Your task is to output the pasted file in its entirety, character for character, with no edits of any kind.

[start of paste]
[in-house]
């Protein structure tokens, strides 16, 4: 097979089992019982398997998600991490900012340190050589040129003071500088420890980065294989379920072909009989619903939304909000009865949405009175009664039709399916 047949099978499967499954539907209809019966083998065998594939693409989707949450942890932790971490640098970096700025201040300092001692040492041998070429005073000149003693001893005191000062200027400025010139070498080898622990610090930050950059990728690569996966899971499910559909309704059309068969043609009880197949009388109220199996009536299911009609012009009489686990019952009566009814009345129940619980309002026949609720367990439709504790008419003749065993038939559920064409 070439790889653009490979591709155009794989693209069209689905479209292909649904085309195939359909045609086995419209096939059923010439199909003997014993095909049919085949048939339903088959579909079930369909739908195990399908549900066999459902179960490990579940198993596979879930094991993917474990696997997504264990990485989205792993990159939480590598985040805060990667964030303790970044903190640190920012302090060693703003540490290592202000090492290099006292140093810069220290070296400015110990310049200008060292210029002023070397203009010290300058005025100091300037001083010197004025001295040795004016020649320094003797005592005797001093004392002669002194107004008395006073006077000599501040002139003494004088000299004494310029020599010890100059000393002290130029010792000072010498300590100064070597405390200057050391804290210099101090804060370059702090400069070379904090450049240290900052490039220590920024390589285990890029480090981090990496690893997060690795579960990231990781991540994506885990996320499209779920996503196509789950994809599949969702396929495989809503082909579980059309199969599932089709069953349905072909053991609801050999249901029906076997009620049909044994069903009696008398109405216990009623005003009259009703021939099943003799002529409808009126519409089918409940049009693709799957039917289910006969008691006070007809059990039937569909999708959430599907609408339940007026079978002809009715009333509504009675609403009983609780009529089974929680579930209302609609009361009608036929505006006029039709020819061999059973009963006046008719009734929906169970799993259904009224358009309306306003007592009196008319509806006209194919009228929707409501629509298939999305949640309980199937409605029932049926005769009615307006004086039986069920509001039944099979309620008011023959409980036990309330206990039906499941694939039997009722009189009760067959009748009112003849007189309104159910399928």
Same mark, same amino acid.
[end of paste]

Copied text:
[in-house]
């Protein structure tokens, strides 16, 4: 097979089992019982398997998600991490900012340190050589040129003071500088420890980065294989379920072909009989619903939304909000009865949405009175009664039709399916 047949099978499967499954539907209809019966083998065998594939693409989707949450942890932790971490640098970096700025201040300092001692040492041998070429005073000149003693001893005191000062200027400025010139070498080898622990610090930050950059990728690569996966899971499910559909309704059309068969043609009880197949009388109220199996009536299911009609012009009489686990019952009566009814009345129940619980309002026949609720367990439709504790008419003749065993038939559920064409 070439790889653009490979591709155009794989693209069209689905479209292909649904085309195939359909045609086995419209096939059923010439199909003997014993095909049919085949048939339903088959579909079930369909739908195990399908549900066999459902179960490990579940198993596979879930094991993917474990696997997504264990990485989205792993990159939480590598985040805060990667964030303790970044903190640190920012302090060693703003540490290592202000090492290099006292140093810069220290070296400015110990310049200008060292210029002023070397203009010290300058005025100091300037001083010197004025001295040795004016020649320094003797005592005797001093004392002669002194107004008395006073006077000599501040002139003494004088000299004494310029020599010890100059000393002290130029010792000072010498300590100064070597405390200057050391804290210099101090804060370059702090400069070379904090450049240290900052490039220590920024390589285990890029480090981090990496690893997060690795579960990231990781991540994506885990996320499209779920996503196509789950994809599949969702396929495989809503082909579980059309199969599932089709069953349905072909053991609801050999249901029906076997009620049909044994069903009696008398109405216990009623005003009259009703021939099943003799002529409808009126519409089918409940049009693709799957039917289910006969008691006070007809059990039937569909999708959430599907609408339940007026079978002809009715009333509504009675609403009983609780009529089974929680579930209302609609009361009608036929505006006029039709020819061999059973009963006046008719009734929906169970799993259904009224358009309306306003007592009196008319509806006209194919009228929707409501629509298939999305949640309980199937409605029932049926005769009615307006004086039986069920509001039944099979309620008011023959409980036990309330206990039906499941694939039997009722009189009760067959009748009112003849007189309104159910399928």
Same mark, same amino acid.